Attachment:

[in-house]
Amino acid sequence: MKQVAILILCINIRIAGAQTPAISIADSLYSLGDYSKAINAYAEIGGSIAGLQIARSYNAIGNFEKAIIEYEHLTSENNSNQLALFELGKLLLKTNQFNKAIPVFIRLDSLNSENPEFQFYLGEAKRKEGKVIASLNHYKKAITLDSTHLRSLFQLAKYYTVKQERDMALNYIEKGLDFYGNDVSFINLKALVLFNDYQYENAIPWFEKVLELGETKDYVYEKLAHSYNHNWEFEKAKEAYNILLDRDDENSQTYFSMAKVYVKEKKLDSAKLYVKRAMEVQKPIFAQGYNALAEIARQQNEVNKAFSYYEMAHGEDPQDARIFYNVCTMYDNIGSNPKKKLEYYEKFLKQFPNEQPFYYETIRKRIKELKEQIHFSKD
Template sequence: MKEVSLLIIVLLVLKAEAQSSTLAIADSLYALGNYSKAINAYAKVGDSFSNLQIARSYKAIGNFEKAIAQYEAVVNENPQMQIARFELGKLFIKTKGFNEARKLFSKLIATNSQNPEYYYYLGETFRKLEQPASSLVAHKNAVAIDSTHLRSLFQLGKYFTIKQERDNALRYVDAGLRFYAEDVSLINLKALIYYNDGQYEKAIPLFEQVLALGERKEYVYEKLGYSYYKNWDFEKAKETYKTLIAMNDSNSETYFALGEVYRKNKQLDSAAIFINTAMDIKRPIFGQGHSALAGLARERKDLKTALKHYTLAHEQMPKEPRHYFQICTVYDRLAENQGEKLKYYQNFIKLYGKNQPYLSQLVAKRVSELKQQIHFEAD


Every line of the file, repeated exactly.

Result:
[in-house]
Amino acid sequence: MKQVAILILCINIRIAGAQTPAISIADSLYSLGDYSKAINAYAEIGGSIAGLQIARSYNAIGNFEKAIIEYEHLTSENNSNQLALFELGKLLLKTNQFNKAIPVFIRLDSLNSENPEFQFYLGEAKRKEGKVIASLNHYKKAITLDSTHLRSLFQLAKYYTVKQERDMALNYIEKGLDFYGNDVSFINLKALVLFNDYQYENAIPWFEKVLELGETKDYVYEKLAHSYNHNWEFEKAKEAYNILLDRDDENSQTYFSMAKVYVKEKKLDSAKLYVKRAMEVQKPIFAQGYNALAEIARQQNEVNKAFSYYEMAHGEDPQDARIFYNVCTMYDNIGSNPKKKLEYYEKFLKQFPNEQPFYYETIRKRIKELKEQIHFSKD
Template sequence: MKEVSLLIIVLLVLKAEAQSSTLAIADSLYALGNYSKAINAYAKVGDSFSNLQIARSYKAIGNFEKAIAQYEAVVNENPQMQIARFELGKLFIKTKGFNEARKLFSKLIATNSQNPEYYYYLGETFRKLEQPASSLVAHKNAVAIDSTHLRSLFQLGKYFTIKQERDNALRYVDAGLRFYAEDVSLINLKALIYYNDGQYEKAIPLFEQVLALGERKEYVYEKLGYSYYKNWDFEKAKETYKTLIAMNDSNSETYFALGEVYRKNKQLDSAAIFINTAMDIKRPIFGQGHSALAGLARERKDLKTALKHYTLAHEQMPKEPRHYFQICTVYDRLAENQGEKLKYYQNFIKLYGKNQPYLSQLVAKRVSELKQQIHFEAD